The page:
The California Legislature has passed Senate Bill ("SB") X1-2, which requires California's electric utilities to increase their renewable generation to 33% by 2020. Passage of the legislation is the culmination of years of effort to increase California's Renewable Portfolio Standard ("RPS") from its current 20%. In 2009, the Legislature passed SB 14, which also would have increased California's RPS to 33%, but the bill was vetoed by Governor Schwarzenegger on the ground that it imposed too many restrictions on the use of out-of-state generation to meet California's RPS requirement. Governor Schwarzenegger then issued an executive order directing the California Air Resources Board to develop its own 33% Renewable Energy Standard under the Board's authority pursuant to Assembly Bill 32, the Global Warming Solutions Act of 2006. Last year, the Legislature again tried to pass another 33% RPS bill, SB 722, but the session expired before the legislation could reach a final vote. Two bills were introduced in this session: SB 23 and SBX1-2. SBX1-2 was identical to SB 23, but it was introduced in special session in an attempt to speed passage of the legislation. SBX1-2 now goes to Governor Brown for signature, and he is expected to sign the legislation into law.

In addition to increasing the RPS to 33% by 2020, SBX1-2 also makes a number of other significant changes to California's RPS. For the first time, the RPS would be extended to publicly owned utilities ("POUs") in California. Under the 20% RPS, municipal utilities were required to develop a standard but were free to choose the amount of renewable energy they would procure under that standard. For POUs, implementation of the 33% RPS would be left to their governing boards, while the California Energy Commission, which is tasked under the legislation with developing an enforcement mechanism for the POUs, would refer any violations to the California Air Resources Board for penalties.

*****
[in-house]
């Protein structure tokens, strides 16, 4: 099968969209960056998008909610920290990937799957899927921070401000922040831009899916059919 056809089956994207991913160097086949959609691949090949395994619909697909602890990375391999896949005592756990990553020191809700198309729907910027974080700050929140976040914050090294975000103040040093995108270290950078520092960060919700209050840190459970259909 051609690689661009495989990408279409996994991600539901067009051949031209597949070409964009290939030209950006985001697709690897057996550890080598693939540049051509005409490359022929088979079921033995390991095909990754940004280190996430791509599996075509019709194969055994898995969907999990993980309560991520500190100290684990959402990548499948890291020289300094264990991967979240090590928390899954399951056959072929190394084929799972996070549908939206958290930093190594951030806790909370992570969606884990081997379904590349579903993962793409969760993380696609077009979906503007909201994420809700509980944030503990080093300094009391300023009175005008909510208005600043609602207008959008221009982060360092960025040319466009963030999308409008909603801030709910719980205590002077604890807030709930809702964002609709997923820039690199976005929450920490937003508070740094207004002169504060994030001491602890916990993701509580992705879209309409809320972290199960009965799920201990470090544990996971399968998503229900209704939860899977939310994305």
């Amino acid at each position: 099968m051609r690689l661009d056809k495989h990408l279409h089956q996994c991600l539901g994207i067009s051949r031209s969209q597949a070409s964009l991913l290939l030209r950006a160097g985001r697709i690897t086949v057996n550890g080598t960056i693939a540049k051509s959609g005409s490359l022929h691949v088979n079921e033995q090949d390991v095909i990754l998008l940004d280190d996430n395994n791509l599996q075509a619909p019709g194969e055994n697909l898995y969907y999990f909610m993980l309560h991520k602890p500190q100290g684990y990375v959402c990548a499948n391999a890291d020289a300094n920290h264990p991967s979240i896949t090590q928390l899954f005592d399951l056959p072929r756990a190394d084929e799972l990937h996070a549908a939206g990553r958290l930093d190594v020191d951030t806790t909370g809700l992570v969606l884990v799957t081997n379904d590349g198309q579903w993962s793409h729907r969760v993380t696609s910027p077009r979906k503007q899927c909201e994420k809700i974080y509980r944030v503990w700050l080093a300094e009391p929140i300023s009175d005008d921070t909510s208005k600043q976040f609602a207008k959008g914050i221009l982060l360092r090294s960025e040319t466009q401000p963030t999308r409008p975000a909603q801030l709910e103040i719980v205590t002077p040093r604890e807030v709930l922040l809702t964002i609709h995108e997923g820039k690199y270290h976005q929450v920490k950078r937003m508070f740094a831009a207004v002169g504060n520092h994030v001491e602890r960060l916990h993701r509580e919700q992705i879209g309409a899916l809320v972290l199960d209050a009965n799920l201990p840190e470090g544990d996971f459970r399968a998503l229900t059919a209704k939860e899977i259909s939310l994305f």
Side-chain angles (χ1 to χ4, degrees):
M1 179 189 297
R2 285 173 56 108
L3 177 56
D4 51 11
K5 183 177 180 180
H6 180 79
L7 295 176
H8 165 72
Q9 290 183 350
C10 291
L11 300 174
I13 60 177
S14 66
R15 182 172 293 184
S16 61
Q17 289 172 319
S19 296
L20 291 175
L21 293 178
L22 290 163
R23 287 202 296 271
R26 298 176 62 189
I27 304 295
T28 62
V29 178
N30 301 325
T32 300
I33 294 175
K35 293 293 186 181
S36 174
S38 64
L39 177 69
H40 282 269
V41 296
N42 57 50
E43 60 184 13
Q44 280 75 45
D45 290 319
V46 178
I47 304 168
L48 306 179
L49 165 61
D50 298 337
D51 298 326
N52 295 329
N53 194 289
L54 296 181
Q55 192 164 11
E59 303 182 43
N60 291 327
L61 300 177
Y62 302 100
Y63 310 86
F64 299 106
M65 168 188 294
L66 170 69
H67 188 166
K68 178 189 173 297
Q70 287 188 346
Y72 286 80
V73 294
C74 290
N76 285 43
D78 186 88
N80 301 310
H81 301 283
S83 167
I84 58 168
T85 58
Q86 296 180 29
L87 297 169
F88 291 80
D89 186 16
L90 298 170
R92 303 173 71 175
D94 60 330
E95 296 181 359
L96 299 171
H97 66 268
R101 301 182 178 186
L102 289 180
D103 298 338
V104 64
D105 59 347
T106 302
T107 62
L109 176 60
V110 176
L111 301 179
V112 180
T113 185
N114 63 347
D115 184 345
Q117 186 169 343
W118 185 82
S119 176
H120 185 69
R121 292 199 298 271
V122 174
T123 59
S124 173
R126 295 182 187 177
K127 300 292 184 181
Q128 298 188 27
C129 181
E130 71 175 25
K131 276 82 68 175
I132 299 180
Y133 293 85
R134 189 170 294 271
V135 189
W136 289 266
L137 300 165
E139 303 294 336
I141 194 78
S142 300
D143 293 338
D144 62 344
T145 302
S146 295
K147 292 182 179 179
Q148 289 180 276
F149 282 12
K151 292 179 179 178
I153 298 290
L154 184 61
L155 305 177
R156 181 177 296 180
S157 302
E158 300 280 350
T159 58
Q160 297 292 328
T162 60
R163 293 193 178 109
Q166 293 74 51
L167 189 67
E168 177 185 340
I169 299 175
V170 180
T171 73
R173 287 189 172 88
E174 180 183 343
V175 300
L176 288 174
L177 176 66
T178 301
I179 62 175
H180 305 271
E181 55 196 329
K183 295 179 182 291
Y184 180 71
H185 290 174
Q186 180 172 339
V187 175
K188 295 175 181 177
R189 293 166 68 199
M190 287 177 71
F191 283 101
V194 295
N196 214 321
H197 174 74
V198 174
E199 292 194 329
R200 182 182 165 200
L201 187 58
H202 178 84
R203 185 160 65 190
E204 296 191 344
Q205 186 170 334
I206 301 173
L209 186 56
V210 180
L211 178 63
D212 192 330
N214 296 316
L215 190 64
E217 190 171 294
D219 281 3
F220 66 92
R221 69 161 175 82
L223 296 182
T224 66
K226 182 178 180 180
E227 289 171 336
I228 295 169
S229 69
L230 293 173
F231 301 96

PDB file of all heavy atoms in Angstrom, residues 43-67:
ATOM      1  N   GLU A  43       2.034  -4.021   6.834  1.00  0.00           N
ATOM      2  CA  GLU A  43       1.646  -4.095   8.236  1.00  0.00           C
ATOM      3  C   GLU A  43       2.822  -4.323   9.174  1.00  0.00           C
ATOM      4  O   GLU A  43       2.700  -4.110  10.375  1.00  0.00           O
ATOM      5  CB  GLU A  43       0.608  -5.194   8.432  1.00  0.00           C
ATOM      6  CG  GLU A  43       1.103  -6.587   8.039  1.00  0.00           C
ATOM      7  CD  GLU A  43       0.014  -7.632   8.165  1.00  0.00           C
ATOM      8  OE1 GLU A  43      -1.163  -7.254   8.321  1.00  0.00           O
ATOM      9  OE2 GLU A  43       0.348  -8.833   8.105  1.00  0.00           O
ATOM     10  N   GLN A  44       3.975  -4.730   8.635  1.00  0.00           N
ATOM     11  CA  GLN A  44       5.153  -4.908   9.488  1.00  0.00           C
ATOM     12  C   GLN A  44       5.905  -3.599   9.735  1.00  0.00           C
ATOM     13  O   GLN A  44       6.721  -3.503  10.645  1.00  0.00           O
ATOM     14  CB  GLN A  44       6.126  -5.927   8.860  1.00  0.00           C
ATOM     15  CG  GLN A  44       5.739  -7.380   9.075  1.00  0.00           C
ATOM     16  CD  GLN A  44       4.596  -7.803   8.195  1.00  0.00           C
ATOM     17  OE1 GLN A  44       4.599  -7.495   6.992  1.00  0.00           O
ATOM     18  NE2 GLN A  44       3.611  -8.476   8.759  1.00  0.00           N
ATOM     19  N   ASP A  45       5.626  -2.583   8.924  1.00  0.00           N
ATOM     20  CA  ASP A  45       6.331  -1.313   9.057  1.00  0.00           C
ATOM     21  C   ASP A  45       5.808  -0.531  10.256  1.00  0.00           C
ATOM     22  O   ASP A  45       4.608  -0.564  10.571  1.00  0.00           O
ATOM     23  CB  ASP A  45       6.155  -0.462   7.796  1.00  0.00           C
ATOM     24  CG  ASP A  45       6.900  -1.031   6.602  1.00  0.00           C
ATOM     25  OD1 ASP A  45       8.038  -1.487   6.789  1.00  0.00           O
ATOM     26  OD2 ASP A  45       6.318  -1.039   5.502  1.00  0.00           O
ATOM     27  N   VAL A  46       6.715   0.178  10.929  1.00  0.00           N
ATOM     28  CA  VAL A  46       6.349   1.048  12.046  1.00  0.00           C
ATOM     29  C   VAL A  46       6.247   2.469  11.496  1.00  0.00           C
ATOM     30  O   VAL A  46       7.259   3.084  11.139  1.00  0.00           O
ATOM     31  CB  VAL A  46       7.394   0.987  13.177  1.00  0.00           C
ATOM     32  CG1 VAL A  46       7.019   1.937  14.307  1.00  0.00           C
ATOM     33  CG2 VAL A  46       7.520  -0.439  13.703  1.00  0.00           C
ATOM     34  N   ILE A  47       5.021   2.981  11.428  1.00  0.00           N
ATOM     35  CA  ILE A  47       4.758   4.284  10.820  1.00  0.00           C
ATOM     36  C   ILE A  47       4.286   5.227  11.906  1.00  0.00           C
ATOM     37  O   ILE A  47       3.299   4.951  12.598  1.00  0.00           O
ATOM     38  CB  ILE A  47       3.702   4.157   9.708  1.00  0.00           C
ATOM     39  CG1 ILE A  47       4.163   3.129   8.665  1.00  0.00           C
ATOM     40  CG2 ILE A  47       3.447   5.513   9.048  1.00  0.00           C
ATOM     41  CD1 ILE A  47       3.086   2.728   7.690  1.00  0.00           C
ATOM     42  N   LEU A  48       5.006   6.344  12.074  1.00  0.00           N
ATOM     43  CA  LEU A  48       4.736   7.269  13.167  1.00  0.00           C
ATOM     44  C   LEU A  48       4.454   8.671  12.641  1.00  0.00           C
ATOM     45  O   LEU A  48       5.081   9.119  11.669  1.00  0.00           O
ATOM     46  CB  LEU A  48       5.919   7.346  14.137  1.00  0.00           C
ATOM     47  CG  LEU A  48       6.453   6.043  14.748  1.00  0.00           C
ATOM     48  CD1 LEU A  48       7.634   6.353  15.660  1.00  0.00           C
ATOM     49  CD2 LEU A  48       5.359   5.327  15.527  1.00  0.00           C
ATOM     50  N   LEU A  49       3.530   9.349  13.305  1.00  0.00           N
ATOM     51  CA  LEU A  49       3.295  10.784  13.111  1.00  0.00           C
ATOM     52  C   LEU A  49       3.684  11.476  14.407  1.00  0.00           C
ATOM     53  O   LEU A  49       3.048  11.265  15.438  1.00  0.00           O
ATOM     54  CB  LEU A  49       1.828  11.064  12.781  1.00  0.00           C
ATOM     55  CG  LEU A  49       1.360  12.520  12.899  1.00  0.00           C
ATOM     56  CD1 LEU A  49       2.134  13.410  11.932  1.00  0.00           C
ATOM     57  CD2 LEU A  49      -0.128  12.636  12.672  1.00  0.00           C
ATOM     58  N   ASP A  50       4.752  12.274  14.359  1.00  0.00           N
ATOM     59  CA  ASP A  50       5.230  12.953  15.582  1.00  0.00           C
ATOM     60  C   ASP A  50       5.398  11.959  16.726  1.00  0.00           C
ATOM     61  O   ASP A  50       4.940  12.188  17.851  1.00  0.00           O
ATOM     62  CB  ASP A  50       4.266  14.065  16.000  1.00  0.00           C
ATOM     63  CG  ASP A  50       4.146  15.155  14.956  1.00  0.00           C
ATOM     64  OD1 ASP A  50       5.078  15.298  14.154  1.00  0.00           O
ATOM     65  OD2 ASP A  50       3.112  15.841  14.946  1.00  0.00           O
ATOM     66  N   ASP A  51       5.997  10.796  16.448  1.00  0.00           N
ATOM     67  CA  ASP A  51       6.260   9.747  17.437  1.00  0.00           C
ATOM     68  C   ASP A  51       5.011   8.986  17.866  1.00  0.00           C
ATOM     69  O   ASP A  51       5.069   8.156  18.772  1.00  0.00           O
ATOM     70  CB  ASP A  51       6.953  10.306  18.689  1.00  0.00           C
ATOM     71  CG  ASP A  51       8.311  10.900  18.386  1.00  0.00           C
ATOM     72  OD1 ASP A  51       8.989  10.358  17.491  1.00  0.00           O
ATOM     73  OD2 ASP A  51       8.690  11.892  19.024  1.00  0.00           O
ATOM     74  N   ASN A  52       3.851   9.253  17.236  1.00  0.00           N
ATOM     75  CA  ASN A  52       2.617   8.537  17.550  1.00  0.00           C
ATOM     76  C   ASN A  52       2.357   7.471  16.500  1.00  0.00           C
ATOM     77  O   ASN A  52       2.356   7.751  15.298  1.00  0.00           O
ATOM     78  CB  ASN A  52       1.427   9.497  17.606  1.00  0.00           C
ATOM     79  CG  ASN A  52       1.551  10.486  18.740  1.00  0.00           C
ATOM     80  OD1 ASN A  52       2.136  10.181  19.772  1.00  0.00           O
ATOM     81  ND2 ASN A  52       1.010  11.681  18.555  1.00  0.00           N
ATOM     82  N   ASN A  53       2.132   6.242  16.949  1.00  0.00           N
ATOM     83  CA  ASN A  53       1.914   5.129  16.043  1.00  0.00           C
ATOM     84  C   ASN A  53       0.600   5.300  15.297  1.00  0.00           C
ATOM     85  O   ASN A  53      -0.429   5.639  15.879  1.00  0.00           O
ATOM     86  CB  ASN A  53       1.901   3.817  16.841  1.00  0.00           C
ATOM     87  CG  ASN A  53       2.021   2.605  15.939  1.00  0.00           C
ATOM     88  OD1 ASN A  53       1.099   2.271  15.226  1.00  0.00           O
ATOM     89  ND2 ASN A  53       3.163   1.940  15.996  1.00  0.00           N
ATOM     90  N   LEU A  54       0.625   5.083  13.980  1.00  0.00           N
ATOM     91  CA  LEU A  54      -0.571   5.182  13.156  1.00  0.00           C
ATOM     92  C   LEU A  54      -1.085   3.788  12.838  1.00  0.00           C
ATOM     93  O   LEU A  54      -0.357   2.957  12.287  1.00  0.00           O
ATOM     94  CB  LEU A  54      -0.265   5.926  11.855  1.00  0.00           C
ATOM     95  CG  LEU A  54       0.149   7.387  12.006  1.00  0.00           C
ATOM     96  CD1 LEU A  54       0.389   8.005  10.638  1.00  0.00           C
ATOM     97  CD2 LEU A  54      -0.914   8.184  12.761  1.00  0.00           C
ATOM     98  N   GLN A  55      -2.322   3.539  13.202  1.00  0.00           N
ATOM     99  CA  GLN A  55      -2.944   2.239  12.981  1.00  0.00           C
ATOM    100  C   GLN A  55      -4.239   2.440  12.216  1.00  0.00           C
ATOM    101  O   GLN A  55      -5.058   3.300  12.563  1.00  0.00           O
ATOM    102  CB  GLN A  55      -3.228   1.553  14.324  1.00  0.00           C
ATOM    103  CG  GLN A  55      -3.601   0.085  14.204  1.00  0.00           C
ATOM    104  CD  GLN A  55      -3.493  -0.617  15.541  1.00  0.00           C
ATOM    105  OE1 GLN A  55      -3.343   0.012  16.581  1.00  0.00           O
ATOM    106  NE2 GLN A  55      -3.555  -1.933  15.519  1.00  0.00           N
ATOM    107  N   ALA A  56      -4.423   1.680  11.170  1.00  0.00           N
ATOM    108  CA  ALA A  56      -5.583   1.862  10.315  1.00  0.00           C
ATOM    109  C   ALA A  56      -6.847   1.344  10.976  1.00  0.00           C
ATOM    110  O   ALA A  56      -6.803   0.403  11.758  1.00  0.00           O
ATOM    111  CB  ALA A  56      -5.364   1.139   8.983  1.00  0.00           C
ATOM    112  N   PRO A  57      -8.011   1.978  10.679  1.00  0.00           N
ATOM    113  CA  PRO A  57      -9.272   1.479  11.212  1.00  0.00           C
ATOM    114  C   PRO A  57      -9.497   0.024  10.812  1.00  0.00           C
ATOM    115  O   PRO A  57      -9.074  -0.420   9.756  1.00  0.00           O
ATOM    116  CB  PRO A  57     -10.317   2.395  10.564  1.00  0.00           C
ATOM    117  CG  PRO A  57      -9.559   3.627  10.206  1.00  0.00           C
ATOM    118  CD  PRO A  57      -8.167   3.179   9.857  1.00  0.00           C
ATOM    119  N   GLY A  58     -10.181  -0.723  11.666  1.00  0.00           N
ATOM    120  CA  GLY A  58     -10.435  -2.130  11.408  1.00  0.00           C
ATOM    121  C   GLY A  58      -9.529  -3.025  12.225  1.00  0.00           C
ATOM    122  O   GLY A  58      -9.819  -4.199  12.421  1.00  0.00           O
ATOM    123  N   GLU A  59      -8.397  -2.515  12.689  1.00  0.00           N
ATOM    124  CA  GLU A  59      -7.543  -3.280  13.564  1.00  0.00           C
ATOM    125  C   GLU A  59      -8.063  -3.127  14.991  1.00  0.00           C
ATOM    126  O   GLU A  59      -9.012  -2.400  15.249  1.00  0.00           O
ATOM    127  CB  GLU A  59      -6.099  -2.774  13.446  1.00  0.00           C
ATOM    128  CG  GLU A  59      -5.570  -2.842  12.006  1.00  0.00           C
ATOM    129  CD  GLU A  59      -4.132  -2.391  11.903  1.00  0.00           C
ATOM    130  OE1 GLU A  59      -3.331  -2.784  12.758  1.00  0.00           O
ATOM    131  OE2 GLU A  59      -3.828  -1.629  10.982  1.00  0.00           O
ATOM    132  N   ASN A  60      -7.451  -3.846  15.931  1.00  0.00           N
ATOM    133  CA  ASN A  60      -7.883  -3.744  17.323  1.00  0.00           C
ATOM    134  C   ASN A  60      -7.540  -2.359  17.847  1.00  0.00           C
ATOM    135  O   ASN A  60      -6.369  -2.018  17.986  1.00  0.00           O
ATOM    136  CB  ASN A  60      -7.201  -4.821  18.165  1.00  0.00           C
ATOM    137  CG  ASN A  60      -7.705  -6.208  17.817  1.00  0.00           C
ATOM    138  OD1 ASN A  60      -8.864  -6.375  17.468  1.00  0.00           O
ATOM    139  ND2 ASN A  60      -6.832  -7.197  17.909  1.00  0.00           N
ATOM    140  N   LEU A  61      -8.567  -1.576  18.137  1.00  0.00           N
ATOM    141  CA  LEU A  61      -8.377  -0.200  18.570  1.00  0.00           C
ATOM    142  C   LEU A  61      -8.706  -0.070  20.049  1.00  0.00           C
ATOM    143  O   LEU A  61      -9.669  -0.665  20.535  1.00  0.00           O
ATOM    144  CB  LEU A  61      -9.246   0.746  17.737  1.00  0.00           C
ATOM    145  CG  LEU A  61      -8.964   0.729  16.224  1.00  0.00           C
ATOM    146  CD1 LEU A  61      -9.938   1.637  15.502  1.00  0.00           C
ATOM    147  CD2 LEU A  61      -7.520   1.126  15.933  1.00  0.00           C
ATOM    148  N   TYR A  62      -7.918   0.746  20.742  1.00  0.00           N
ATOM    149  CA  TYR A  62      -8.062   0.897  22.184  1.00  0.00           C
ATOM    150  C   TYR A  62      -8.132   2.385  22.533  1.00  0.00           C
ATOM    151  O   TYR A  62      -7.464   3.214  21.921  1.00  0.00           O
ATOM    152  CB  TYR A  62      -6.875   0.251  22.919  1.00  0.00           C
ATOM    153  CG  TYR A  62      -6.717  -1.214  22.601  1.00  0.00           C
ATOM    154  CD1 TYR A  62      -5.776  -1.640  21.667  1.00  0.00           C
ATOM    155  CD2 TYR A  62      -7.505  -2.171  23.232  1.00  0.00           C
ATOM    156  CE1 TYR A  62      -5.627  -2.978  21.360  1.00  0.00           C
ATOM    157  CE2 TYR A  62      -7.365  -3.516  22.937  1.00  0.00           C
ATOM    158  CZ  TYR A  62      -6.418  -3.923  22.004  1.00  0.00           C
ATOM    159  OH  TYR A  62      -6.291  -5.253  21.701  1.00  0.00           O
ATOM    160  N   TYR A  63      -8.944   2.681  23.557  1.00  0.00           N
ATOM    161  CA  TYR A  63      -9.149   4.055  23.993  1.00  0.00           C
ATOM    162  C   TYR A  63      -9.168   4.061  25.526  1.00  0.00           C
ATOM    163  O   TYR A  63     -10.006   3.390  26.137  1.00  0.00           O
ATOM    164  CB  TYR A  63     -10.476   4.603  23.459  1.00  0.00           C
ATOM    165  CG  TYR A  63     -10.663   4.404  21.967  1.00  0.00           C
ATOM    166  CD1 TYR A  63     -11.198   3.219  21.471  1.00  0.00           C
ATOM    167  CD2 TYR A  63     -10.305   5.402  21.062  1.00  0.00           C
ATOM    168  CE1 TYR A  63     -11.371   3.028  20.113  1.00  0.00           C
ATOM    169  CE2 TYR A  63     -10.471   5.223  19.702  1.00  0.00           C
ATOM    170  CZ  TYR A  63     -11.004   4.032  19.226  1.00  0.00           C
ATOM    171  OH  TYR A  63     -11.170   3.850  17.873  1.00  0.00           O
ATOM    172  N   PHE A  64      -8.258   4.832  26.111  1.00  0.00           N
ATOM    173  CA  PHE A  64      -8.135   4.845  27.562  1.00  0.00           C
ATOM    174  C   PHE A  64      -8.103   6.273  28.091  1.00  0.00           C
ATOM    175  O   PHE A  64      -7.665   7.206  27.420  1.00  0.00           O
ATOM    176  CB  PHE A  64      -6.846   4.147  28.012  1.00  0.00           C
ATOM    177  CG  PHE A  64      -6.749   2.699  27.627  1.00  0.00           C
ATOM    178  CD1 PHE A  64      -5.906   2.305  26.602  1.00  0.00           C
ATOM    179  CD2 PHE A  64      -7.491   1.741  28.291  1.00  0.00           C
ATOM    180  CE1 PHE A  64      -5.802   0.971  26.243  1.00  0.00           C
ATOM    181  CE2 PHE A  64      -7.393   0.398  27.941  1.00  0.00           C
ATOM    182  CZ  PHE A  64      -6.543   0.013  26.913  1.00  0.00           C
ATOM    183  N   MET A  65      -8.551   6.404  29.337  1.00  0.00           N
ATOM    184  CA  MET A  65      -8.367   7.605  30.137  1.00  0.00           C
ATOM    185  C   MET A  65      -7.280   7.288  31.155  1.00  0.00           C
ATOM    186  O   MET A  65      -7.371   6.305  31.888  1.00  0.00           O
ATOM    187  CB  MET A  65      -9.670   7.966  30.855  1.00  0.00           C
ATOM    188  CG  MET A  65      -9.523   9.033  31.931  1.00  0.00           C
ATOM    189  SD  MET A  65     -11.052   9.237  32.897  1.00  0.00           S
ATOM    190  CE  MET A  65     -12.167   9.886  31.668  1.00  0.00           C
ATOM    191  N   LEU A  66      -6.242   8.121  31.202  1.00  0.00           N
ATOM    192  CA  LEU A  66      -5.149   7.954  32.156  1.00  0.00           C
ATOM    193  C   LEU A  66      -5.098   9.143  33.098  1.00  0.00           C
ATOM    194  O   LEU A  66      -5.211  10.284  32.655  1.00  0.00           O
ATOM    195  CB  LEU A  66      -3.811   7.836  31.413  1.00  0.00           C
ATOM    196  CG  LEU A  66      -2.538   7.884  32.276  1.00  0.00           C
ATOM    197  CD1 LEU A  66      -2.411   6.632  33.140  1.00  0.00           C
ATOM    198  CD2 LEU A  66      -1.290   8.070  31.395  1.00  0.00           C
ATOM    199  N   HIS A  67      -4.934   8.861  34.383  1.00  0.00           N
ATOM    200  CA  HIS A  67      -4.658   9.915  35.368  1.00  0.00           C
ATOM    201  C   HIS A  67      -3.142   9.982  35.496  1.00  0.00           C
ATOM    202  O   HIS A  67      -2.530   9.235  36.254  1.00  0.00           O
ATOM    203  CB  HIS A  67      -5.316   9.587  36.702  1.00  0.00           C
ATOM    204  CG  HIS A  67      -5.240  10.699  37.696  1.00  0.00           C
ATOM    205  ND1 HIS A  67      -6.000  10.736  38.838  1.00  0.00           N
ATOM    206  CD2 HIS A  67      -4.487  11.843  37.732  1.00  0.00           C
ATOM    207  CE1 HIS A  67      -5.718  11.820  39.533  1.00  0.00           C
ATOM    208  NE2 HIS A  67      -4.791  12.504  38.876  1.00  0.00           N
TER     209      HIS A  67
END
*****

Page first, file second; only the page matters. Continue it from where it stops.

SBX1-2 requires California's electric utilities to reach the 33% RPS in three compliance periods. By December 31, 2013, the utilities must procure renewable energy products equal to 20% of retail sales. By December 31, 2016, utilities must procure renewable energy products equal to 25% of retail sales, and by December 31, 2020, utilities must procure renewable energy products equal to 33% of retail sales and maintain that percentage in following years.

One area of significant disagreement concerning a 33% RPS was the extent to which it would require projects used for RPS compliance to be located in California, or to deliver power to California. SBX1-2 addresses this issue with a rather complicated formula. All energy from eligible renewable resources supplied under power purchase agreements executed prior to June 1, 2010 shall count toward a utility's RPS compliance obligation. Any procurement after June 1, 2010 is categorized into three groups. The first group is composed of products from eligible renewable energy resources that have a first point of interconnection with a California balancing authority or distribution facilities used to serve California end users, or energy that is scheduled from the eligible renewable energy resource into a California balancing authority without substituting electricity from another source (although the use of another source to provide real-time ancillary services required to maintain an hourly or a subhourly import schedule into a California balancing authority is permitted, the energy from the other source providing ancillary services does not count toward a utility's RPS compliance obligation). Any energy from an eligible renewable energy resource delivered to a California balancing authority under a dynamic transfer arrangement is included in this first group as well.